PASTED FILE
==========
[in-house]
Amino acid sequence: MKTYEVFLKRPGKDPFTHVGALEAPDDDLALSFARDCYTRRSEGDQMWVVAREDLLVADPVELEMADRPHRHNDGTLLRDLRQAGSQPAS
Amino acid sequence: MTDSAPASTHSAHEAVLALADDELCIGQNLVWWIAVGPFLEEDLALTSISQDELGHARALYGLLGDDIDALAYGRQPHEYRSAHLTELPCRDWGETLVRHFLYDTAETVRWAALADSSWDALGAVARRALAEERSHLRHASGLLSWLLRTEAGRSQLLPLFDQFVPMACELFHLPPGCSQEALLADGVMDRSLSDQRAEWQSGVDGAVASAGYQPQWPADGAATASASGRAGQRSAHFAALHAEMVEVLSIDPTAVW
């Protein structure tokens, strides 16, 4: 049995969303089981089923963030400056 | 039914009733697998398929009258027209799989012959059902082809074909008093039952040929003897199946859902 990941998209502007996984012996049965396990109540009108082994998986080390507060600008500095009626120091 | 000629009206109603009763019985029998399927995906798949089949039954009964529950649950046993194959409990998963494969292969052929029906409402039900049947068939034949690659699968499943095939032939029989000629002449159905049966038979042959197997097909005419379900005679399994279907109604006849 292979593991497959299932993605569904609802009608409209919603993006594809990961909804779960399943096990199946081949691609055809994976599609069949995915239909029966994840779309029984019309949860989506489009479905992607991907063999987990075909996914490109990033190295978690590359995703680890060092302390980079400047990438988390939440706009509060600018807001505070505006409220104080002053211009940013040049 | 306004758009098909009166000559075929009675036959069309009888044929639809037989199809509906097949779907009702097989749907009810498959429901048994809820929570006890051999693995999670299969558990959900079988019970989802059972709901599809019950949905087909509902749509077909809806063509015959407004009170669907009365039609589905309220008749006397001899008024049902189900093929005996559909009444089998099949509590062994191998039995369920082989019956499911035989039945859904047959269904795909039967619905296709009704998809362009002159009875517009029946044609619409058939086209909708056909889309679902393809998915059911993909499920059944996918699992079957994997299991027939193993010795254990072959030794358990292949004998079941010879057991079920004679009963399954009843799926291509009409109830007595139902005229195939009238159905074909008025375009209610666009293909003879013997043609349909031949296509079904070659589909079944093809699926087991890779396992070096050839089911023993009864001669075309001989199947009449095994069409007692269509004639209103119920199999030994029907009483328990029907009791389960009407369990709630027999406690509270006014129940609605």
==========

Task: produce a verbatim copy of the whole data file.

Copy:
[in-house]
Amino acid sequence: MKTYEVFLKRPGKDPFTHVGALEAPDDDLALSFARDCYTRRSEGDQMWVVAREDLLVADPVELEMADRPHRHNDGTLLRDLRQAGSQPAS
Amino acid sequence: MTDSAPASTHSAHEAVLALADDELCIGQNLVWWIAVGPFLEEDLALTSISQDELGHARALYGLLGDDIDALAYGRQPHEYRSAHLTELPCRDWGETLVRHFLYDTAETVRWAALADSSWDALGAVARRALAEERSHLRHASGLLSWLLRTEAGRSQLLPLFDQFVPMACELFHLPPGCSQEALLADGVMDRSLSDQRAEWQSGVDGAVASAGYQPQWPADGAATASASGRAGQRSAHFAALHAEMVEVLSIDPTAVW
């Protein structure tokens, strides 16, 4: 049995969303089981089923963030400056 | 039914009733697998398929009258027209799989012959059902082809074909008093039952040929003897199946859902 990941998209502007996984012996049965396990109540009108082994998986080390507060600008500095009626120091 | 000629009206109603009763019985029998399927995906798949089949039954009964529950649950046993194959409990998963494969292969052929029906409402039900049947068939034949690659699968499943095939032939029989000629002449159905049966038979042959197997097909005419379900005679399994279907109604006849 292979593991497959299932993605569904609802009608409209919603993006594809990961909804779960399943096990199946081949691609055809994976599609069949995915239909029966994840779309029984019309949860989506489009479905992607991907063999987990075909996914490109990033190295978690590359995703680890060092302390980079400047990438988390939440706009509060600018807001505070505006409220104080002053211009940013040049 | 306004758009098909009166000559075929009675036959069309009888044929639809037989199809509906097949779907009702097989749907009810498959429901048994809820929570006890051999693995999670299969558990959900079988019970989802059972709901599809019950949905087909509902749509077909809806063509015959407004009170669907009365039609589905309220008749006397001899008024049902189900093929005996559909009444089998099949509590062994191998039995369920082989019956499911035989039945859904047959269904795909039967619905296709009704998809362009002159009875517009029946044609619409058939086209909708056909889309679902393809998915059911993909499920059944996918699992079957994997299991027939193993010795254990072959030794358990292949004998079941010879057991079920004679009963399954009843799926291509009409109830007595139902005229195939009238159905074909008025375009209610666009293909003879013997043609349909031949296509079904070659589909079944093809699926087991890779396992070096050839089911023993009864001669075309001989199947009449095994069409007692269509004639209103119920199999030994029907009483328990029907009791389960009407369990709630027999406690509270006014129940609605």